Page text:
“It just saves so much heartache later when you realize you have $100,000 less to finish the project than you maybe thought you did,” Ghani added.
Lynch, whose work includes Chisholm ’72: Unbought & Unbossed and Free Angela and All Political Prisoners, and Gutierrez (RBG, Pray Away) shared insights on working with archives of public figures.
“There’s always opportunities and challenges with archival but I think the purpose that I always bring into the work is just how to get closer to the voice of your protagonist,” Gutierrez said.
She added filmmakers should be selective, choosing the best, most character-revealing footage.
“RBG, for example, there was a lot of archival that nobody had seen, that the directors were able to get from personal archives and that’s always what people have talked about… That they had discovered gems.”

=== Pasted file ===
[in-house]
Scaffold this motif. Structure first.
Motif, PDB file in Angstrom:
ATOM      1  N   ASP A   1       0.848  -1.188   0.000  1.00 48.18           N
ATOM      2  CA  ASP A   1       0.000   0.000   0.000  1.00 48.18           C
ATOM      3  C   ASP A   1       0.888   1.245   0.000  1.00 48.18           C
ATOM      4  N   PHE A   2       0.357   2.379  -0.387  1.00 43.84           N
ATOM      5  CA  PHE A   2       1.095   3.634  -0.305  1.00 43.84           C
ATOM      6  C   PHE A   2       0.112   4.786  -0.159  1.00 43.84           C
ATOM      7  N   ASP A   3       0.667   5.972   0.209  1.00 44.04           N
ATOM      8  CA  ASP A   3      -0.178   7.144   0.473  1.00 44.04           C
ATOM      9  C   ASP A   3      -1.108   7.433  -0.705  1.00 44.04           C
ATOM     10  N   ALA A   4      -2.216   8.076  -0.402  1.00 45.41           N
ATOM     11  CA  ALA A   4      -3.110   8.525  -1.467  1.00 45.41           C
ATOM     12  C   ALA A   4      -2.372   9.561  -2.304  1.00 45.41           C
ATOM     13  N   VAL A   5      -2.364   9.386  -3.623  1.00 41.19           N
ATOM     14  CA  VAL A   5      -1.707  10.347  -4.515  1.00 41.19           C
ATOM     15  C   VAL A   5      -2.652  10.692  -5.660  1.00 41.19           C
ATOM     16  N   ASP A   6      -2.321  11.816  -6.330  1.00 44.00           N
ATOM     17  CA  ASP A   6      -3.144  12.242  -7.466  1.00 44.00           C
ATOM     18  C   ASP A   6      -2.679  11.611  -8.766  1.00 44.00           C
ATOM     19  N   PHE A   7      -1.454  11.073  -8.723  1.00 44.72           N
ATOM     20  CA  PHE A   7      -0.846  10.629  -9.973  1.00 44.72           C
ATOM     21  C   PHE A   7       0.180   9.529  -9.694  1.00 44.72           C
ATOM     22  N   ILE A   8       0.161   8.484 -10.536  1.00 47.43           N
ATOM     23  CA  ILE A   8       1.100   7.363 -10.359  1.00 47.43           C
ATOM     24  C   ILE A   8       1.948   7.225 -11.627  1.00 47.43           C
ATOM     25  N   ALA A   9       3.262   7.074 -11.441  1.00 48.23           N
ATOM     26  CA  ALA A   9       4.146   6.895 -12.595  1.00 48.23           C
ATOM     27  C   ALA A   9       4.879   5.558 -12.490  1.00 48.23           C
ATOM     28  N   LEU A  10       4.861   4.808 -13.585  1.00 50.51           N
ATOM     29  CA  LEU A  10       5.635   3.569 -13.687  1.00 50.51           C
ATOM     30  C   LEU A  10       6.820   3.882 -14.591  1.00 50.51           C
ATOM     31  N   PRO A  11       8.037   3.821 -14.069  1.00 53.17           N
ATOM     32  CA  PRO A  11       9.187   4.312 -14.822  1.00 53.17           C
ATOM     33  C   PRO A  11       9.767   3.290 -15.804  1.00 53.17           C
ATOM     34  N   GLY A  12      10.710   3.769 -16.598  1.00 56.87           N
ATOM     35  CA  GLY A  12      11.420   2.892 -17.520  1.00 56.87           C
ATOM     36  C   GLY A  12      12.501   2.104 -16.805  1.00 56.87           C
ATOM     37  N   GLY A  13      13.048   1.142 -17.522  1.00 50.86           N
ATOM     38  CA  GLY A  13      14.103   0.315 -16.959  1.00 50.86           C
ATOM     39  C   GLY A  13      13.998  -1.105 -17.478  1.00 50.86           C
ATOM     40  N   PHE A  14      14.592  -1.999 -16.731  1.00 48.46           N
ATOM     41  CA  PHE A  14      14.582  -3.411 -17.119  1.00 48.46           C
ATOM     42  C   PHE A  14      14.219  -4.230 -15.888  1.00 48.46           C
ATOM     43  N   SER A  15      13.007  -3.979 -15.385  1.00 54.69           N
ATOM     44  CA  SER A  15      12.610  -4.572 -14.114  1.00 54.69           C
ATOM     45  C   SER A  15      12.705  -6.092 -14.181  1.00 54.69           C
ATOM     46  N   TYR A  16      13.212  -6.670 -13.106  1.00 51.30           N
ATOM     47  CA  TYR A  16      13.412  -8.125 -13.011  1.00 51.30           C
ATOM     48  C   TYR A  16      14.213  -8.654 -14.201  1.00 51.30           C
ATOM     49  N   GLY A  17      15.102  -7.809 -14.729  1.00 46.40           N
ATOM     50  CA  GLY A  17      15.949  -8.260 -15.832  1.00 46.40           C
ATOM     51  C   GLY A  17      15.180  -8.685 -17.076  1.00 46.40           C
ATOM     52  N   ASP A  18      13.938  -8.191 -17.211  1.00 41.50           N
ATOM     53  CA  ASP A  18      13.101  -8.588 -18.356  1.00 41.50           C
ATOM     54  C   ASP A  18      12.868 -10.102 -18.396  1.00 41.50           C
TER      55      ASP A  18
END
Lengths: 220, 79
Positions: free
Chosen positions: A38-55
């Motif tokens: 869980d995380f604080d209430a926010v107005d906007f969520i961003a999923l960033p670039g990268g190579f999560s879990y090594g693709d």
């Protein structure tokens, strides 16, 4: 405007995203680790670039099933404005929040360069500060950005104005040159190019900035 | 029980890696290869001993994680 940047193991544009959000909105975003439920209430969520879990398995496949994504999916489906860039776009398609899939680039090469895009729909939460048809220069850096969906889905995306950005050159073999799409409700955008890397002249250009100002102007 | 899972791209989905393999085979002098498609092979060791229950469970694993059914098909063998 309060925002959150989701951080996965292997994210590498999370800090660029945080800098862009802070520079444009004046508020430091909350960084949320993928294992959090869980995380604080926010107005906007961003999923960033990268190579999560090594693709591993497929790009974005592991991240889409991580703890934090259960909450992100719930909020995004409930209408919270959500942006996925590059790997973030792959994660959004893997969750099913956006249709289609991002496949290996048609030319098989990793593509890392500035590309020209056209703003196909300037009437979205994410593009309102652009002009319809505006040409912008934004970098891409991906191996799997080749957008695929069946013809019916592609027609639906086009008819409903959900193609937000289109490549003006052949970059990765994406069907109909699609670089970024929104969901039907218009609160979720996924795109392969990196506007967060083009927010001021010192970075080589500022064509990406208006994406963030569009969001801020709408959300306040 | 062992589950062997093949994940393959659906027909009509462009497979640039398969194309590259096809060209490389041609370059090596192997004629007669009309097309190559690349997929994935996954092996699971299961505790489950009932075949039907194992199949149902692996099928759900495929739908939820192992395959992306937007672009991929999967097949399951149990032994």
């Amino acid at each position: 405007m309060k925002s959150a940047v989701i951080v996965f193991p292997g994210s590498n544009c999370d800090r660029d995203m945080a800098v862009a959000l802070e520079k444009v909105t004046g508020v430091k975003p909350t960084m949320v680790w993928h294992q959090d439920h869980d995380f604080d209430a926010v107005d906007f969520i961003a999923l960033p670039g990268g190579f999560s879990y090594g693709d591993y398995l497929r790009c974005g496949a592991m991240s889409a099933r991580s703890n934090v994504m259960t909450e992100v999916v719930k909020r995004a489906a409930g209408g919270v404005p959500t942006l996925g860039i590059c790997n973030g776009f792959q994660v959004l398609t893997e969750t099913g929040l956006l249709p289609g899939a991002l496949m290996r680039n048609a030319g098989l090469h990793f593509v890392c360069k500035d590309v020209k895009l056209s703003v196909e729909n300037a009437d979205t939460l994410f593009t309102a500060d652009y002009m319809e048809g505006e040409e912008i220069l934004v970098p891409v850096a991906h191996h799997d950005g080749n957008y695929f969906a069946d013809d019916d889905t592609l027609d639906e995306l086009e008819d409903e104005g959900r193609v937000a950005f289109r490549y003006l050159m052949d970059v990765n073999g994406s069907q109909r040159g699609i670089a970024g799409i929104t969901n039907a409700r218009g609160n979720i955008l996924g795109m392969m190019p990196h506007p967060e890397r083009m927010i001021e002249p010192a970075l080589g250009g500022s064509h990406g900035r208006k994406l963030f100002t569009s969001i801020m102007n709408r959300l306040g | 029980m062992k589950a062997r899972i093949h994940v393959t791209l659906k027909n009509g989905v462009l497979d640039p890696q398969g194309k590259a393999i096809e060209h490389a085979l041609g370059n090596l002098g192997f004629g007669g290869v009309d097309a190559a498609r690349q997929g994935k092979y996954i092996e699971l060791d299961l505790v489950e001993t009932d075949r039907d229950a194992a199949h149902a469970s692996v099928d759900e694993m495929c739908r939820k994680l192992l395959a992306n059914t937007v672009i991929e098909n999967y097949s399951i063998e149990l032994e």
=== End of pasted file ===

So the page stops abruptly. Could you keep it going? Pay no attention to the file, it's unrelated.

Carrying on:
Gutierrez stressed that the best archive isn’t always visual.
“You can just have a lot of fun with that and get very experimental… You can pull from a lot of different types of archives.”
Lynch, who called the genre “historical vérité”, agreed — although, her 2004 feature about Brooklyn Congresswoman Shirley Chisholm presented other challenges.
“She had been written out of history in a certain respect. She had sort of been dismissed. She didn’t have the reverence and love that, let’s say, RBG had and so it was about reclaiming her story. I think that has to do with the politics of history, race and gender and how we see certain accomplishments.
“I’ll give an example with Free Angela. We think Angela Davis is very famous within a political world and strata but most of the material we found was mislabeled in our commercial archives,” Lynch said.
The filmmaker and her team had to think strategically — digging through labels such as “miscellaneous afros” or “miscellaneous women of the ’70s”
“One of the challenges of telling full stories about people of color is that archive often doesn’t exist,” Lynch said. “That emotional range, that broader sense of humanity gets left out and it becomes much more of a challenge as filmmakers, when we’re telling stories about people of color, to make sure it is there so that we’re not perpetuating stereotypes.”